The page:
Building on the continued increase in companies relocating to central Palm Beach County and calling the region home, leaders from the county and West Palm Beach have begun conversations on how to amplify this success by accelerating the region’s academic offerings for graduate students, professionals and executives.
To help inform these conversations, officials have turned to Florida’s flagship public university — the University of Florida — whose breadth and depth of expertise in academic programming and statewide impact make it an ideal choice for a potential partner.
In June, Palm Beach County Mayor Dave Kerner and West Palm Beach Mayor Keith James traveled together to Gainesville to meet with UF President Dr. W. Kent Fuchs to hear his vision for how a flagship university with a unique focused presence in a large urban area could serve the dual purpose of catalyzing regional growth while extending a university’s mission of outreach and service.
Fuchs led Cornell University’s efforts to build the Cornell Tech Campus in New York City while serving as Cornell’s provost. Currently ranked No. 6 among all public research universities, UF’s mission centers on its role as a catalyst for the entire state — a role that requires UF to think beyond Gainesville to the urban centers like West Palm Beach that make Florida a bellwether state for the nation and the world.
“This is a rare opportunity for Palm Beach County to benefit from a second public university — one that complements and enriches our current education ecosystem in ways that will position us to be irresistible to the types of companies that our economic development partners work so hard to attract and support today,” Kerner said. “The potential ripple effect is expansive, and our citizens will benefit greatly if we can bring a preeminent university such as the University of Florida to West Palm Beach. UF can assist in creating the opportunity pipeline our residents deserve.”
The rapid economic growth of South Florida, and Palm Beach County in particular, create a compelling case for consideration. West Palm Beach’s urban core and coastal location continue to attract residents and companies alike, including corporations representing the state’s growth sectors of finance, technology, business, engineering and law.
These companies have indicated a growing need to support their own growth and expansion by having innovative graduate, professional and executive academic programs in areas such as financial technology, artificial intelligence, data analytics and cyber security in their own backyard. Meanwhile, UF graduates are in increasingly high demand from the nation’s leading companies.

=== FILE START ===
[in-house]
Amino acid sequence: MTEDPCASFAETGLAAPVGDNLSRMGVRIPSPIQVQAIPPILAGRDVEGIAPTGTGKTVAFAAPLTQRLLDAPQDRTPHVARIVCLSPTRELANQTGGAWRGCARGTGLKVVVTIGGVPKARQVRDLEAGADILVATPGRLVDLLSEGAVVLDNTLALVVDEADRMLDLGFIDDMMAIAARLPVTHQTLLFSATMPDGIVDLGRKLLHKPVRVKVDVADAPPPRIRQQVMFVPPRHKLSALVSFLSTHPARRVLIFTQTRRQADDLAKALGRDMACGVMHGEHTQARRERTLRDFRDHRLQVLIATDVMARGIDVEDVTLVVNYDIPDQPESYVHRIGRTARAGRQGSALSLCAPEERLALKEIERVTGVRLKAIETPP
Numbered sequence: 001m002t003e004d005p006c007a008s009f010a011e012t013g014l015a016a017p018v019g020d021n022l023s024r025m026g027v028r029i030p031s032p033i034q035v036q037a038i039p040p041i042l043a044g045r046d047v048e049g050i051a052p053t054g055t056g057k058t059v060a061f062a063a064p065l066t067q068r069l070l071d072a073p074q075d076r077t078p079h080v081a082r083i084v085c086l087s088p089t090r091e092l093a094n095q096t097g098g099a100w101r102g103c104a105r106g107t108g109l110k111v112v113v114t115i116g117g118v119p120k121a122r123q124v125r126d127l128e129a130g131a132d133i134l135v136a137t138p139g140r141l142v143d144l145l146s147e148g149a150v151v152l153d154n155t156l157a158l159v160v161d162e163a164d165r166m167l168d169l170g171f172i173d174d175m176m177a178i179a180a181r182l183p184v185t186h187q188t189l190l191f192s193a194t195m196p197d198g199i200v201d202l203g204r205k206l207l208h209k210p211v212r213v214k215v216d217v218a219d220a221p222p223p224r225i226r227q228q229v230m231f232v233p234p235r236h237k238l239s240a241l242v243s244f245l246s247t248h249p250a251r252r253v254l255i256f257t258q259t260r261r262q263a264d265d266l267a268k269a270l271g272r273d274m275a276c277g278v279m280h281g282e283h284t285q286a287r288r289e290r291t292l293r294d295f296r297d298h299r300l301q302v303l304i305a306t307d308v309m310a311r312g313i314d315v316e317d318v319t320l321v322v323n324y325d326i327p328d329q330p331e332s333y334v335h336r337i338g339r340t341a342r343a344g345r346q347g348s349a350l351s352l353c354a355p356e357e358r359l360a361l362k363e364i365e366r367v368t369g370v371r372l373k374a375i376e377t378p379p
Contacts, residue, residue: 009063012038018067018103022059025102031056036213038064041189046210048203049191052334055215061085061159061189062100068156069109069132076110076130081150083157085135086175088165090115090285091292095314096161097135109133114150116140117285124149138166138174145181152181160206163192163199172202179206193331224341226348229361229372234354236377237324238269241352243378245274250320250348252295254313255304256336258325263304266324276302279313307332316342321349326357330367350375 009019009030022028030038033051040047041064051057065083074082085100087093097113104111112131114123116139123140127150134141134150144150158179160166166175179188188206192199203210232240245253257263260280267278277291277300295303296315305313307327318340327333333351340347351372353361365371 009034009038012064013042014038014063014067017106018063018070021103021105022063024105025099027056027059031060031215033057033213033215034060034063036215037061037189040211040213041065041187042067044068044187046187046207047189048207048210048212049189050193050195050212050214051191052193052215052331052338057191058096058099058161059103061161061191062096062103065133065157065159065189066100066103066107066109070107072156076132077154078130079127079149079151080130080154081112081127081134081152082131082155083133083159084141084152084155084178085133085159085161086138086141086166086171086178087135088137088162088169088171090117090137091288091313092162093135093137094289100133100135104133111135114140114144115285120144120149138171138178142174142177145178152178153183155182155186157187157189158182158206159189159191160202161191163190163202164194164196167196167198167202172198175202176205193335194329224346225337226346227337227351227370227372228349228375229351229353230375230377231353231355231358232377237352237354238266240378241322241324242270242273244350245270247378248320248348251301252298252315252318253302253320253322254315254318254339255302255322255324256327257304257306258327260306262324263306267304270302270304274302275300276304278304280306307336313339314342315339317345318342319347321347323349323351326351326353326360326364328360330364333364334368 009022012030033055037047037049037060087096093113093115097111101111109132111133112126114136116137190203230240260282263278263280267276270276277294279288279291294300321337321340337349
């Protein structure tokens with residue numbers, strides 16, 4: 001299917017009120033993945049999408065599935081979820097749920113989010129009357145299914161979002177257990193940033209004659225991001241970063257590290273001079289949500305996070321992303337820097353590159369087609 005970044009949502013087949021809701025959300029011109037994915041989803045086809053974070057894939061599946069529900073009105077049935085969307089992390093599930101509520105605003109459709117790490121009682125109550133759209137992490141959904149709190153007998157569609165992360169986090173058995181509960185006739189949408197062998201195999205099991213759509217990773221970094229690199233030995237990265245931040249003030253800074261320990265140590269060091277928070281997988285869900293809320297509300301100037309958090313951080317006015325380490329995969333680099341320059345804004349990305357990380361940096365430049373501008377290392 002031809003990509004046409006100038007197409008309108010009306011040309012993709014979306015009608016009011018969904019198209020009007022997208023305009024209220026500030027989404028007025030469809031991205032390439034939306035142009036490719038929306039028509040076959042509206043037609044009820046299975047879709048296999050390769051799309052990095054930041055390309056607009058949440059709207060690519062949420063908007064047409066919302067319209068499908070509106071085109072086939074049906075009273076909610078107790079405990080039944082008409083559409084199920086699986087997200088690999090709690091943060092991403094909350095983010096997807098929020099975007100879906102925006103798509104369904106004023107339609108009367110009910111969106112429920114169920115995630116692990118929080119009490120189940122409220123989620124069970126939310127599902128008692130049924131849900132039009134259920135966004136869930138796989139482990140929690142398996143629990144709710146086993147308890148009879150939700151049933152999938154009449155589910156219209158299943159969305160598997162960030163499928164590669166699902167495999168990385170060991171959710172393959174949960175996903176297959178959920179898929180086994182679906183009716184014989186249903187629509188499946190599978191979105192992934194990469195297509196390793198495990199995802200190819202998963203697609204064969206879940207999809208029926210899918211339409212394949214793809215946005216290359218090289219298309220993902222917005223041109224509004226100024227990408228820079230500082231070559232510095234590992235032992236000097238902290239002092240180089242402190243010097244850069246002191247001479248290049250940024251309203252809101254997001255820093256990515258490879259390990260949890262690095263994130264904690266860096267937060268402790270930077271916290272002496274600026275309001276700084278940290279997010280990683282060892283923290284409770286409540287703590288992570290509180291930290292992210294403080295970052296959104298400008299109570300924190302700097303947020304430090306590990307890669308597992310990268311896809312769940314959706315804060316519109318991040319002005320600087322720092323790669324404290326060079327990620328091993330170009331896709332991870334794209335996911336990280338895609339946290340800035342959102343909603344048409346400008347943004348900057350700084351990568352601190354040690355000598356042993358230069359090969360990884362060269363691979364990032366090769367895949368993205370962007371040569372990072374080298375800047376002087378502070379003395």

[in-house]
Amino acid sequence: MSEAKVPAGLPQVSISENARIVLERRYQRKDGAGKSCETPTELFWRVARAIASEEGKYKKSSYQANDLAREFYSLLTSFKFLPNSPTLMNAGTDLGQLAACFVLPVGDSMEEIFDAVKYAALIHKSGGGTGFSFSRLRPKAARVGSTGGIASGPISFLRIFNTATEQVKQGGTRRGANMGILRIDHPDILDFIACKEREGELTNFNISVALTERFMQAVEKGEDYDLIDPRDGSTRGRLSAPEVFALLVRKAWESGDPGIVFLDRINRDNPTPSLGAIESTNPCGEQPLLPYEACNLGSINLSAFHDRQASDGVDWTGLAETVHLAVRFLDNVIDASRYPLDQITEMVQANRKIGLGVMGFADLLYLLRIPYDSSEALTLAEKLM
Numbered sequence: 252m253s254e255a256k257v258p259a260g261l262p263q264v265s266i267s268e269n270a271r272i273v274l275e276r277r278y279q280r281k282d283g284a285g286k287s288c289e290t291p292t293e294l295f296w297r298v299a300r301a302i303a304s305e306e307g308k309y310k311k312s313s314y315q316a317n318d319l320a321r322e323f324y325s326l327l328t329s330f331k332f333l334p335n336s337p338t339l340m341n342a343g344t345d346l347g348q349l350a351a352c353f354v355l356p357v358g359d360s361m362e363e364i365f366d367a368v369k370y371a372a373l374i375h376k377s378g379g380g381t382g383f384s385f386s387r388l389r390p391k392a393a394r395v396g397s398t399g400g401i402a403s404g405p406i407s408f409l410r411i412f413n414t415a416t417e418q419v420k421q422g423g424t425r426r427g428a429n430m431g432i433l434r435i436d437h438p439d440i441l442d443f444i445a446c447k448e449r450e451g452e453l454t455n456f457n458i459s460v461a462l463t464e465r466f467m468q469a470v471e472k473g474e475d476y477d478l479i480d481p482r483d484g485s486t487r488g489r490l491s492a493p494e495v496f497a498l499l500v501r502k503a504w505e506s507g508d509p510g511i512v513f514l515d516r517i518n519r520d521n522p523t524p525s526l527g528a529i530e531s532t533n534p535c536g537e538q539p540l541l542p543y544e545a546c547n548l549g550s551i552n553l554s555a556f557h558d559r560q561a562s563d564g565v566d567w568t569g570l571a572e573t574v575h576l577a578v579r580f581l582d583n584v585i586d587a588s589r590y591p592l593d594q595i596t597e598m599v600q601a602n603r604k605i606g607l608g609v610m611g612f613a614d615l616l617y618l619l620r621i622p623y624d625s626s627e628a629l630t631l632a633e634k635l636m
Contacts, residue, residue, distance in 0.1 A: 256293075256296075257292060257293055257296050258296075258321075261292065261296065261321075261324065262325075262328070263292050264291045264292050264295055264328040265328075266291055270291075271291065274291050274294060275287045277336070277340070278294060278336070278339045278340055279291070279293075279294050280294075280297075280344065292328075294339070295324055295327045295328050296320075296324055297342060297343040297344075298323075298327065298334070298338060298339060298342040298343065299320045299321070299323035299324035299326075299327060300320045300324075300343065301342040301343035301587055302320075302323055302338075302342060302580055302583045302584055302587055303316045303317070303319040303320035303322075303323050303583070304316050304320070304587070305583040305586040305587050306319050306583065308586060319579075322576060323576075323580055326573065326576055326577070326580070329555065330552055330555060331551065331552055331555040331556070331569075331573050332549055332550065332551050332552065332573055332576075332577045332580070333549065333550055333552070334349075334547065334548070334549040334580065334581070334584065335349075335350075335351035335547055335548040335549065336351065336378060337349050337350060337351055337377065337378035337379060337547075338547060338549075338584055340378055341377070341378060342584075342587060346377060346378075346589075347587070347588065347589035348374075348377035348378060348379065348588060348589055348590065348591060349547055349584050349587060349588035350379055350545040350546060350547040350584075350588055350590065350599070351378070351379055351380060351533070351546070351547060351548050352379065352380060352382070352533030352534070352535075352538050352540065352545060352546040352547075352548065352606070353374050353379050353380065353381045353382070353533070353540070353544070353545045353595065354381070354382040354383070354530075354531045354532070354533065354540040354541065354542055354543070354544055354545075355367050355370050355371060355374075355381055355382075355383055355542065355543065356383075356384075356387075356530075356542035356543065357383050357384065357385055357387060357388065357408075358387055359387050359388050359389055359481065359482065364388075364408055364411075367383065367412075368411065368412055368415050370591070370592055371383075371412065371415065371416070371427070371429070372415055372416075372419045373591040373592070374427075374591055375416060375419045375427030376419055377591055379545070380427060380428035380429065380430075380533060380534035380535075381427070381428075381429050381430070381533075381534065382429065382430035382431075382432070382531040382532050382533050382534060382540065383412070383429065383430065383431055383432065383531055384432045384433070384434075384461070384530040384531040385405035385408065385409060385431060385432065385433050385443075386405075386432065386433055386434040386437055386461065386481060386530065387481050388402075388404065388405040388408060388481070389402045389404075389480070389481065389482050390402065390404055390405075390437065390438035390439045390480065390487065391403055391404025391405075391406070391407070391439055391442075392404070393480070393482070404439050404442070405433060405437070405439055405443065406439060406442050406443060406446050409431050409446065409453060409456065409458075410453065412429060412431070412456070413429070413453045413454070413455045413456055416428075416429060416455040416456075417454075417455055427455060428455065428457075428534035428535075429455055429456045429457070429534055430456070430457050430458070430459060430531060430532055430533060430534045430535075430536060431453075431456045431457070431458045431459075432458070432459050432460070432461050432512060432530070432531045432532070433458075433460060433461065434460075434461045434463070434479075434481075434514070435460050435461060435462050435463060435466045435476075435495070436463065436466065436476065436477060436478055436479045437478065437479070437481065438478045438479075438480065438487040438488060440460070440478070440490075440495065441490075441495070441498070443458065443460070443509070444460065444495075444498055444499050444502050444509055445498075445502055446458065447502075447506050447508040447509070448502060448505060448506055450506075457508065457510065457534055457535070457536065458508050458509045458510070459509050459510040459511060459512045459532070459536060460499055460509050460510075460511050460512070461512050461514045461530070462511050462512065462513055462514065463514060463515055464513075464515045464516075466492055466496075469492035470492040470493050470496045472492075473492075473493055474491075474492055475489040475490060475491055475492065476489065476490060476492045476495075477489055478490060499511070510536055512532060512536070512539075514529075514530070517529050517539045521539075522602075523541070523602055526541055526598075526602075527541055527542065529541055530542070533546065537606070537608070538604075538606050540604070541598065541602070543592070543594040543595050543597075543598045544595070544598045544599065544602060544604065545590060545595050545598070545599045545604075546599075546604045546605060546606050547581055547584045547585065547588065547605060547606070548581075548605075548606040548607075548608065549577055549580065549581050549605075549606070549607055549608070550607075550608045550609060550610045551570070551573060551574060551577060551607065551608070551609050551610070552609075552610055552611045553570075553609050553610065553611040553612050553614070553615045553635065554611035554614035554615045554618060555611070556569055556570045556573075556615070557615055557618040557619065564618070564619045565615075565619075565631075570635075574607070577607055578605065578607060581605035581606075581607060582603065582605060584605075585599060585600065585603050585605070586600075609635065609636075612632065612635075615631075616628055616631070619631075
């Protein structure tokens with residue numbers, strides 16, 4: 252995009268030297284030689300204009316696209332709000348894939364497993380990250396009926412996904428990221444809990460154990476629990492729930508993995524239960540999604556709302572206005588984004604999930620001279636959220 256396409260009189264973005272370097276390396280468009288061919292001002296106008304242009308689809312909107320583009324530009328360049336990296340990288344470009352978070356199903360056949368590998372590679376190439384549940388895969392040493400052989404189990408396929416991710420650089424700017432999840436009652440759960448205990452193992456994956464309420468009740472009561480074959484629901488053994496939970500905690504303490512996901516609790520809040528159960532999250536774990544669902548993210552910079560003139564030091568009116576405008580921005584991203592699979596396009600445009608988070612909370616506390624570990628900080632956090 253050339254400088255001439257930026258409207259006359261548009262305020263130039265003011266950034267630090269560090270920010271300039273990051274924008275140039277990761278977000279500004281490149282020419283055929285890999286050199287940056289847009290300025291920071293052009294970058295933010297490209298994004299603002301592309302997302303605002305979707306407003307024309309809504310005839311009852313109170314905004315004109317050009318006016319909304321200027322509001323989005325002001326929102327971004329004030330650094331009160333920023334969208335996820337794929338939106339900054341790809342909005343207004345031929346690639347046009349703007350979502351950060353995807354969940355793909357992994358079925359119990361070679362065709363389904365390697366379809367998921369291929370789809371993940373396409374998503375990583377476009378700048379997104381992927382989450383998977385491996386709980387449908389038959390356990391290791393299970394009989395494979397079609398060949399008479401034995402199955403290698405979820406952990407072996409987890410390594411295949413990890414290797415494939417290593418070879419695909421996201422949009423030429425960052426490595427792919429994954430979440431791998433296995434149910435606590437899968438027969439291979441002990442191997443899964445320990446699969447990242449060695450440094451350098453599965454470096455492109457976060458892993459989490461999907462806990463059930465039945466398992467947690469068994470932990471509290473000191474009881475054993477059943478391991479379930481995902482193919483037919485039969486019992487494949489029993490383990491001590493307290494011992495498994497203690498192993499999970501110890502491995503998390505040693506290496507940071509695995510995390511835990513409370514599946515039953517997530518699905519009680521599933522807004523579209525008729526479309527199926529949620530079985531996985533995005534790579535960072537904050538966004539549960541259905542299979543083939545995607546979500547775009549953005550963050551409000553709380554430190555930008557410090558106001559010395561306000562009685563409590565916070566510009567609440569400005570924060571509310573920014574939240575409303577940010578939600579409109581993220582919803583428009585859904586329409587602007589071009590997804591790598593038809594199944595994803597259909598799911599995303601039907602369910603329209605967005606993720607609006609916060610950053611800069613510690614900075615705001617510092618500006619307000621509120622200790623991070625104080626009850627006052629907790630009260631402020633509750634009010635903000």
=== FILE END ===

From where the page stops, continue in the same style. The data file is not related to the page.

“Make no mistake,” said Kelly Smallridge, president and CEO of the Business Development Board of Palm Beach County, “the need to offer innovative degrees in these fields from a leading national university is a very real one. It’s a challenge for companies that are already here, who reportedly send their employees out-of-state for advanced degrees or import people with a higher skill set. That, in turn, puts increased pressure on our housing crisis and gives the out-of-state candidate an advantage to fill that job.”
City, county and UF leaders believe that a presence from a top-tier preeminent public university would help all of the region’s institutions of higher education thrive.
“There is a vital role for Florida Atlantic University and other local colleges and universities to partner with us in an effort to advance higher education offerings in the region,” Fuchs said. “We are honored by the invitation from city and county leaders to explore with them the possibility of creating unique, focused graduate academic programs that will respond to the emerging needs of the region while advancing workforce development. We see in West Palm Beach an opportunity for a sustainable model that will build new collaborative bridges that can help all of Florida thrive.”
Kerner and James noted that city and county leaders are, at this point, engaged only in initial talks to evaluate the full spectrum of requirements and benefits of bringing UF to the region. The potential partnership will require support and approvals from local city and county leaders to move forward into a more robust planning and review phase.
For decades, Palm Beach County parents and business owners have lamented the fact that their children and employees with degrees in science, engineering and business typically leave the state to find the best jobs, Kerner noted. A UF presence in West Palm Beach that offers advanced and professional degrees in these fields could help reverse that cycle, he added.
“West Palm Beach is riding a wave of economic expansion and evaluating all opportunities with a careful eye on quality of life,” James said. “We are committed to investing in ways to attract high-paying careers, exciting intellectual capital, financial capital, and enrich our social and cultural fabric while minimizing impact on traffic and the environment. Weaving the University of Florida into that strategy will help us achieve our goals in providing the quality of life that we have always hoped to realize in West Palm Beach, and it would be a huge win for the citizens of Palm Beach County.”